Cardboard Citizens has been inviting people to step into Cathy’s shoes via an interactive stage adaptation of the hard-hitting drama about homelessness. We’re still so very far away from providing the right solutions, says performer Amy Loughton.
Being an actor is an incredible job. I get employed to tell stories for a living and none more important than the one I’m telling now. I’ve been fortunate enough to be performing on the UK tour of Cathy, with Cardboard Citizens, a theatre company that has spent 25 years working with people with experiences of homelessness to share vital stories that aren’t often heard.
I was drawn to this brilliant bunch through an urge to pair my art with my activism. I experienced life in a homeless hostel in south Wales aged nine, after having to leave our comfortable basement flat in Hampstead, so I know how easy it can be to find yourself without a home.
I joined Cardboard Citizens for their latest production Cathy, Ali Taylor’s modern re-telling of Jeremy Sandford’s Cathy Come Home, which we’ve taken all over the country in the last few months. The story follows a single mother and her 15-year-old daughter’s spiral into homelessness.
It’s been 50 years since the heartbreaking TV drama directed by Ken Loach was first broadcast, and I’m ashamed to say while there have been changes in the system, we are still so very far away from providing the right support or solutions in the UK. This is where Cardboard Citizens hope to step in and effect change.
“Cathy is hopeful; it proves that we can find change when we’re calm, contemplative and united in that search. But the sad lesson is that we simply don’t have a system capable of supporting individuals when they’re at their most vulnerable.”
Cardboard Citizens was born out of Cardboard City, a community of rough sleepers in an underpass in Waterloo, 25 years ago. The theatre company was created to work to give voice to that community and tell their stories of the issues they face.
This mission remains at the centre of everything they do, particularly with their signature forum theatre style. Audiences watch the play, and then, as the cast, we have the joy of smashing down that fourth wall and chatting directly to the audience, asking them to think about what they may have done differently were they in the main protagonist’s shoes.
We then re-run a couple of the scenes and ask the audience to shout ‘stop’ at the moment they may have tried another tactic. Once they’re brave enough, the audience member is invited on to the stage, they become Cathy and we try the scene again.
Every night is fascinating and unpredictable. Whether in theatres, prisons or homeless hostels, we just don’t know what people are going to come up with. We’re kept firmly on our toes, acting alongside an unscripted, unrehearsed audience member. As fun as this may all sound, change is very rarely easy and Cathy is up against a lot.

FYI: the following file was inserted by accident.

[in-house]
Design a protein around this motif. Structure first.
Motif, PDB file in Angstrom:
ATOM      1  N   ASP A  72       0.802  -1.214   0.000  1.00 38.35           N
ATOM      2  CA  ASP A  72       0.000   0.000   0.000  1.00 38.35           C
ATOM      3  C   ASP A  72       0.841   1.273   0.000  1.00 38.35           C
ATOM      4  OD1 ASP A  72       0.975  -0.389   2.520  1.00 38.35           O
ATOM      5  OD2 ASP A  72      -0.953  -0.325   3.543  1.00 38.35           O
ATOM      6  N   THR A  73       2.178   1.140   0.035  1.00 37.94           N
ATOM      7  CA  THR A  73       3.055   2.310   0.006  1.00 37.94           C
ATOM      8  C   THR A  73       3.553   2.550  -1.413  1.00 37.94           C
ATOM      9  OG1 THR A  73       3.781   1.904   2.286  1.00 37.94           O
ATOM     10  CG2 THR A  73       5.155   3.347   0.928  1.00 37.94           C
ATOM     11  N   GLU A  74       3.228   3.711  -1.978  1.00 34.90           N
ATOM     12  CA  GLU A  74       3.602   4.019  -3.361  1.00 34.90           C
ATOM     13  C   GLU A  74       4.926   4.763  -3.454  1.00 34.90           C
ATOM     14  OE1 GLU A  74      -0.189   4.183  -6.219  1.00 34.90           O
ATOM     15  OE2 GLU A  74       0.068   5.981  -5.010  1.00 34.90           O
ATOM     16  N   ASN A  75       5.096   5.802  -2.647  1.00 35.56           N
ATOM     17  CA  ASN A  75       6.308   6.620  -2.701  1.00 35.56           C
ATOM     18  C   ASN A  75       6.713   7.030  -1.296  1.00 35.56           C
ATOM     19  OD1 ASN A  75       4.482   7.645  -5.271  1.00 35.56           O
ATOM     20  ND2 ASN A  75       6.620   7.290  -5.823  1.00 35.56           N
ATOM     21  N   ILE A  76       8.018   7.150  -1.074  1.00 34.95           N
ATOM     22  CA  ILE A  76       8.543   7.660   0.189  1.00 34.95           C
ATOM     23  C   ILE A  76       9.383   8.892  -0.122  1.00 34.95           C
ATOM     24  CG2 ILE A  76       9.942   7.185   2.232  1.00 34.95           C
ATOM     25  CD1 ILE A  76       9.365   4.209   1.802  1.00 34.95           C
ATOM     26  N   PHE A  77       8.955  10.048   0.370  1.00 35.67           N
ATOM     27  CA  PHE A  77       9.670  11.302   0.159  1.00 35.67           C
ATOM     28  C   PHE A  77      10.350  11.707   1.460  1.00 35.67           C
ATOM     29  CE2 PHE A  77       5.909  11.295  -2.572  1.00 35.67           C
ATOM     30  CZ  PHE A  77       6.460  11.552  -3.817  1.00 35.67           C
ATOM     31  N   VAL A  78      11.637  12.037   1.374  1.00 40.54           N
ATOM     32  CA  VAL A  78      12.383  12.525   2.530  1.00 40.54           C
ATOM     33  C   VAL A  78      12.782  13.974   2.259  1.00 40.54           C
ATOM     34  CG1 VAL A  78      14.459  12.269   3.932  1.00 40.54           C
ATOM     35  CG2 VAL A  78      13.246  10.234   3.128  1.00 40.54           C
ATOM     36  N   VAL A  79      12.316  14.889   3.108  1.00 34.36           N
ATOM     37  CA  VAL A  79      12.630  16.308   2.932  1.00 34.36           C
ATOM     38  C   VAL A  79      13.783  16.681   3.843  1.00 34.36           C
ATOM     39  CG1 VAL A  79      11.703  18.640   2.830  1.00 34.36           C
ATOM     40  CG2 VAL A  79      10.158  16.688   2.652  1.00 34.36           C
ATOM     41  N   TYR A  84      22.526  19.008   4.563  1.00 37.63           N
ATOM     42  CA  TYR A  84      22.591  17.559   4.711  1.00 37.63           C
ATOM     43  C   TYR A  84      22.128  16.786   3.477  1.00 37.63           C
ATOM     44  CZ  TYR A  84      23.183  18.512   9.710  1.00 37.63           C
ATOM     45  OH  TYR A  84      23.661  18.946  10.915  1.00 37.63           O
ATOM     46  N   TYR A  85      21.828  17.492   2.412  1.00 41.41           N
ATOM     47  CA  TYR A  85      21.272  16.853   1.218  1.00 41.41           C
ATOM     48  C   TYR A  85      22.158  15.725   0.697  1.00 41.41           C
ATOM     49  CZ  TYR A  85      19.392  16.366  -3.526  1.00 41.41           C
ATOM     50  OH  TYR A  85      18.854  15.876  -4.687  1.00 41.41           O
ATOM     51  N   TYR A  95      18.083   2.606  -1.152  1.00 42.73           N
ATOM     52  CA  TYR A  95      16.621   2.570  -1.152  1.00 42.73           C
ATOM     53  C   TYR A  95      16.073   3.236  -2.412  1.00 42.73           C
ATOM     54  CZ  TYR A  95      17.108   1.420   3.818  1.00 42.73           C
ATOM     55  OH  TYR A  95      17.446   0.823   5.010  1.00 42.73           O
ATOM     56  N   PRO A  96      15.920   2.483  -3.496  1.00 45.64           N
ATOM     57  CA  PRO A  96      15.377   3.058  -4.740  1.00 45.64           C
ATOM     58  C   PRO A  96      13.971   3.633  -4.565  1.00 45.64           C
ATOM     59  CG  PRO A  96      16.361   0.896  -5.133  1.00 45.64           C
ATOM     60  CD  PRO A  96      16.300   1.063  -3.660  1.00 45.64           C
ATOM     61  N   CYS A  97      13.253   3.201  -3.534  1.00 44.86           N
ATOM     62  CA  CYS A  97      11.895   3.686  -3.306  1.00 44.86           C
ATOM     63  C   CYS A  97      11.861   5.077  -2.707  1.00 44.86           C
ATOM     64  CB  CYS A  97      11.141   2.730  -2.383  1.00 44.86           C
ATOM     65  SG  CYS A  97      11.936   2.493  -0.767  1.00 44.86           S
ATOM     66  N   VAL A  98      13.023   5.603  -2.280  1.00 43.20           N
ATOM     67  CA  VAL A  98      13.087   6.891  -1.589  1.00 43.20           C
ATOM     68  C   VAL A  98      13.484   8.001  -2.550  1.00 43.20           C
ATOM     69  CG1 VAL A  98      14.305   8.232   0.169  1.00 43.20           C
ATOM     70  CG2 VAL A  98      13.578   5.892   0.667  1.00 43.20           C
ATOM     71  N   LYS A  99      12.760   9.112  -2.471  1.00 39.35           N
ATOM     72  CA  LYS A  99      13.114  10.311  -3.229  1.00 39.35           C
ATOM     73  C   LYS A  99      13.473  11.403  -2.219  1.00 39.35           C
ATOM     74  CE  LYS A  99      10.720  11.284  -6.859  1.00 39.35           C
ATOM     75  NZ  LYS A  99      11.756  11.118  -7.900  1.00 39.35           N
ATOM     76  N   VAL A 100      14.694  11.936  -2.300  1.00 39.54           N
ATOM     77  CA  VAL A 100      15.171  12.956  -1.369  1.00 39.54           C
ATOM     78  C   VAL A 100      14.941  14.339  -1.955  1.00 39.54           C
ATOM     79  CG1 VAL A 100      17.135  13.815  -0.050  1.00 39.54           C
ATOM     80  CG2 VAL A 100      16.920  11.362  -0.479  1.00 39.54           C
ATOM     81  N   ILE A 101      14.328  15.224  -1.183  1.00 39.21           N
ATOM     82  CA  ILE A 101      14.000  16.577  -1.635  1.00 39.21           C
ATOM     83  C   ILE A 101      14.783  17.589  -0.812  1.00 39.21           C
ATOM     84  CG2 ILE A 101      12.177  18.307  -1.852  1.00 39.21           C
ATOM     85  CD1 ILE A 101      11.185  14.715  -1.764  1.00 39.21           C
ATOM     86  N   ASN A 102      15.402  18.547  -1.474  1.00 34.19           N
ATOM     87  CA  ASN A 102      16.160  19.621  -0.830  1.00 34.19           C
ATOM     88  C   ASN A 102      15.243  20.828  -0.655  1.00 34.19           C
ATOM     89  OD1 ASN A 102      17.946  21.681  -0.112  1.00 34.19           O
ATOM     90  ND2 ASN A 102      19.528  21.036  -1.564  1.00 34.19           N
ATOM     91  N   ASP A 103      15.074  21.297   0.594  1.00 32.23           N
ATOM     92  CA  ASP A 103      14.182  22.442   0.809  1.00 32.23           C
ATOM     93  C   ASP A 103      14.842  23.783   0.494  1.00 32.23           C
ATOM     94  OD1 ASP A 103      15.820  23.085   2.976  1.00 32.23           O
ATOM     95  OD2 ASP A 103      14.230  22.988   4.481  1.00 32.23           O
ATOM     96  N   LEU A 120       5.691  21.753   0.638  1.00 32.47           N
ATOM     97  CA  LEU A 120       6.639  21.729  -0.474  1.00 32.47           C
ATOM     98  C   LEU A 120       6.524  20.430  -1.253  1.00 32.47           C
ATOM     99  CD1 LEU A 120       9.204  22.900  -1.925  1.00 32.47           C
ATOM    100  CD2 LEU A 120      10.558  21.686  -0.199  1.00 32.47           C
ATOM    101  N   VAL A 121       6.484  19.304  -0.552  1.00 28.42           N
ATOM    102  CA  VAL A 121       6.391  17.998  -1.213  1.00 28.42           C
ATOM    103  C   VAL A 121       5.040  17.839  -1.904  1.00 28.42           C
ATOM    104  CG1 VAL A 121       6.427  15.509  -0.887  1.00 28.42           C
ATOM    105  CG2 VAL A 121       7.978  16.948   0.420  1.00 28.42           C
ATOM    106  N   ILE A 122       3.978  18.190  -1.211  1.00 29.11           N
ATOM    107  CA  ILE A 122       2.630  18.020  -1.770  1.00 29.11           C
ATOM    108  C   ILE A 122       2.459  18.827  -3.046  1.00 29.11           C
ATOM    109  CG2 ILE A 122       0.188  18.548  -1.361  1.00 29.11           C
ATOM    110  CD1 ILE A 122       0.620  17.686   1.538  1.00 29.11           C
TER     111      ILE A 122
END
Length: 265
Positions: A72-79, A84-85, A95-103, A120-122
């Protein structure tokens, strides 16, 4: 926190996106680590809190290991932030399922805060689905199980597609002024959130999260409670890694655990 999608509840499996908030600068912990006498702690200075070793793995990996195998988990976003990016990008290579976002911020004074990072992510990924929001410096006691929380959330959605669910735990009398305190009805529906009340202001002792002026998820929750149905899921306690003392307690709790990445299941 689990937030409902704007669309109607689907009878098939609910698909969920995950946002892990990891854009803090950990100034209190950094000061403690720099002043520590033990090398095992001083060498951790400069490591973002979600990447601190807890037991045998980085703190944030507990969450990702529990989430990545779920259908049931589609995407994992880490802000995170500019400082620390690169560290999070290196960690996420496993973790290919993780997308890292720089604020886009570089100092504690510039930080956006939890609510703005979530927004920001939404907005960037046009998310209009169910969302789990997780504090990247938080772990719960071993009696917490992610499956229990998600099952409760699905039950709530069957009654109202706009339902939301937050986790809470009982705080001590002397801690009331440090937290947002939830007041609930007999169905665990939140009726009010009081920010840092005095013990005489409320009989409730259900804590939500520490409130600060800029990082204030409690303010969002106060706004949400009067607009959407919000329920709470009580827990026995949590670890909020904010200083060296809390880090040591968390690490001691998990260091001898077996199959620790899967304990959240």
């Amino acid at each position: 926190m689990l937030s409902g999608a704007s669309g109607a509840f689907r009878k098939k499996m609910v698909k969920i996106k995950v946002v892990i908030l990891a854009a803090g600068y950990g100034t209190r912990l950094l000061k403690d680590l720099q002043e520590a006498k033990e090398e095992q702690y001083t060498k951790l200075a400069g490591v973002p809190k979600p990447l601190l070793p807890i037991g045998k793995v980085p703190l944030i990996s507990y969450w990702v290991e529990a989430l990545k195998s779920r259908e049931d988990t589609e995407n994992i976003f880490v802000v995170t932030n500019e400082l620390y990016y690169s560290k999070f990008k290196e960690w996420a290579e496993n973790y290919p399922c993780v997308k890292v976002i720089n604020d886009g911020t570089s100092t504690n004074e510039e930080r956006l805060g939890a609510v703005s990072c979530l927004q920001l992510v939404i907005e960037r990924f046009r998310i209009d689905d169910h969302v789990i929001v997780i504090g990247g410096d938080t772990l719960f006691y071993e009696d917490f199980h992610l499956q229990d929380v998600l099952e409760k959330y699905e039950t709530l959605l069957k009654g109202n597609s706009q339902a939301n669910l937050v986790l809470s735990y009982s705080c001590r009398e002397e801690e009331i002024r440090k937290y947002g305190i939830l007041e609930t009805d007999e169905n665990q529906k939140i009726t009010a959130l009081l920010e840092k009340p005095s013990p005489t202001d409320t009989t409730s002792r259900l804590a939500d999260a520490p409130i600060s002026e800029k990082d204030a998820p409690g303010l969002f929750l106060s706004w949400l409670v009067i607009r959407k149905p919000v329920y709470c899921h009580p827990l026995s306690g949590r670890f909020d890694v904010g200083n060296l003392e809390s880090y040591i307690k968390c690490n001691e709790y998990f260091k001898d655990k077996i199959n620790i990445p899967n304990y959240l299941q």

In Cathy I play an overworked housing officer, a soulless landlord of a cockroach infested bedsit and a judgemental sister. These characters are often saying “no”, but through this forum game, we start to learn that there may be different ways to confront these challenges. It’s always made very clear that no blame is placed on Cathy; this life is tough, no question about that, and we are looking at things from the delightful viewpoint of hindsight.
The greatest lessons I’ve learned from this project have come from the audiences. From social workers to teachers, they often jump up to demonstrate other routes to seek help (Citizens Advice Bureau, Shelter, local Law Centres) or to highlight rights that help fight your corner (connections to the borough, priority to keep a child close to home for educational needs, Discretionary Housing Loans) as well as other ways to deal with a continuous lack of compassion from many sides.
Cathy is hopeful; it’s a genuine rehearsal for life and proves that we can find change when we’re calm, contemplative and united in that search. But the sad lesson is that we simply don’t have a system capable of supporting individuals when they’re at their most vulnerable.
When individuals are in crisis, deep in it, drowning in it and battling to get through the day-to-day, there’s very rarely time to gather thoughts, galvanise and scoop your self-worth back together. That’s the point where asking for help can be the hardest thing, whether it’s from family, friends, or an overworked housing officer. That’s the point where you don’t believe you’re entitled to anything, the system is failing you and each knock makes the next struggle even harder.
Through these past months it’s become abundantly clear that, as a country, we need a system that is utterly transparent about what is available to whom, we need to ensure a safety net to catch people at their most vulnerable and, as artists, we need to keep telling these stories until we have one. Thank goodness Cardboard Citizens continue to do just this.
Cathy finishes on tour on Saturday.3976 Views
Amy is an actor, storyteller & cat mam to Jingle & Bell. When not prancing about on stage she's Lead Agent at Actorum, Britain’s first co-operative acting agency.